Violence against women
Women's Web gratefully acknowledges the University
of Alberta Sexual Assault Center (UASAC) for granting us permission to reprint
its materials and resources on our website. Be sure to visit the UASAC website for additional information, resources, and link to other sites.
If you have been sexually assaulted, be sure to go
immediately to your local hospital or police detachment. If you are
unable to get to a hospital, call the police, your community sexual assault
center, or your community's 24-hour crisis line.
Sexual assault is a serious crime. Compassionate support
is available and such crimes must be reported to the police.
Stalking can be broadly defined as willfully, maliciously,
and repeatedly following or harassing another person.
Being stalked can be a frightening, frustrating, and life
Although it is tempting to dismiss stalking behavior in the
hopes it will stop, stalking can be a very serious and potentially
dangerous offence. Even without the possible threat of violence,
stalkers can instill fear and anxiety in those they stalk, and
can completely disrupt someone's life. Please remember that if you
are being stalked, it is not your fault in any way.
So far, research has been unsuccessful in revealing what exactly
leads someone to become a stalker, and what the research has shown
is that internal characteristics of the stalkers themselves are the
only factors that can be used to form a profile of a potential stalker.
It is possible to write a profile of someone who is likely to be a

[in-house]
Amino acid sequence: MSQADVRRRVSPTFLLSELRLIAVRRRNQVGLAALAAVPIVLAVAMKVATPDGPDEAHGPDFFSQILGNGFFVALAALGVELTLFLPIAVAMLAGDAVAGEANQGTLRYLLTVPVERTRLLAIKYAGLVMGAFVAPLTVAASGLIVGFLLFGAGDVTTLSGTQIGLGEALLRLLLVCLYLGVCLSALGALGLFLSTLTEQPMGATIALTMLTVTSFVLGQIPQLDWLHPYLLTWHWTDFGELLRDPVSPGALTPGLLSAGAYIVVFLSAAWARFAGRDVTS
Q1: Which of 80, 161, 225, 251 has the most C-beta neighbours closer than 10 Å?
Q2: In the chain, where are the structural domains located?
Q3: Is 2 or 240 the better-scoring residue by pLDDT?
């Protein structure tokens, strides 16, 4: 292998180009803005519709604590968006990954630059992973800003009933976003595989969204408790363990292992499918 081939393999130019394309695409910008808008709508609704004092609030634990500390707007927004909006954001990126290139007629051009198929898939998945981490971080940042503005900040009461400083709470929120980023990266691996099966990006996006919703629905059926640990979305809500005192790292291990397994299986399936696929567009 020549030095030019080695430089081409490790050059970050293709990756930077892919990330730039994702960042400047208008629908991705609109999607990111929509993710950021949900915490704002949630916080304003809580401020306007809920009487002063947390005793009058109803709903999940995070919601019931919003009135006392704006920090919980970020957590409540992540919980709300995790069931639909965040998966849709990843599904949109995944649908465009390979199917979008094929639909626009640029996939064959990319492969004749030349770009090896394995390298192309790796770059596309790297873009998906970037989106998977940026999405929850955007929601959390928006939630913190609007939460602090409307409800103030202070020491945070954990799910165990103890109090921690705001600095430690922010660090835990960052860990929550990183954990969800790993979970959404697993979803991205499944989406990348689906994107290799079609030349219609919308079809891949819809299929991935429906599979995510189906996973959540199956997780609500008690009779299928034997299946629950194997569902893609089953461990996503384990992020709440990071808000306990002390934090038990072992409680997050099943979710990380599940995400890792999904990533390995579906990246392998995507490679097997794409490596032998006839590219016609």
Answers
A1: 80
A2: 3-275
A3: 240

stalker, but it is not possible to write a profile of someone who is
likely to be a stalking victim. Therefore, once again, if you are being
stalked, it is not your fault in any way; anyone can be stalked for any
Who are stalkers?
A stalker may be a prior intimate partner, an acquaintance,
or even a stranger.
Although the majority of stalking cases (75 to 80 percent) involve
men stalking women, stalking is a crime with both male and female
perpetrators and victims. (i.e., women stalking men, women stalking
women, men stalking men, and men stalking women.)
What are common stalking behavior patterns?
Stalking behavior patterns are very similar to those behavior
patterns in domestic violence.
The pattern usually begins when the stalker is rejected in some
way. This rejection often leads to attempts to "woo" their victim into
a relationship; this "wooing" may involve giving gifts or acting in a
particular way to "prove their love".
When these attempts are spurned, the stalker often begins to harass
his or her victim. This harassment can have many different forms, such as
frequent phone calls, following, watching, and uttering threats, and
often it becomes more and more frequent and escalates in severity.
The possibility that the stalker may turn to violence—as
25 percent of stalkers do—becomes a serious concern. It
is important to remember that each stalker is different, and his
or her actions cannot be predicted. Some stalkers will never turn
to violence, and others will become violent soon after the stalking
Another concern is that the stalker may become frustrated if he or she
cannot reach the intended victim, and thus might transfer his or her
anger to someone else in that individual's life. This person may be
seen as what is keeping the stalker from the intended victim, and so
the stalker may react violently or threateningly towards this person.
What is stalking behavior?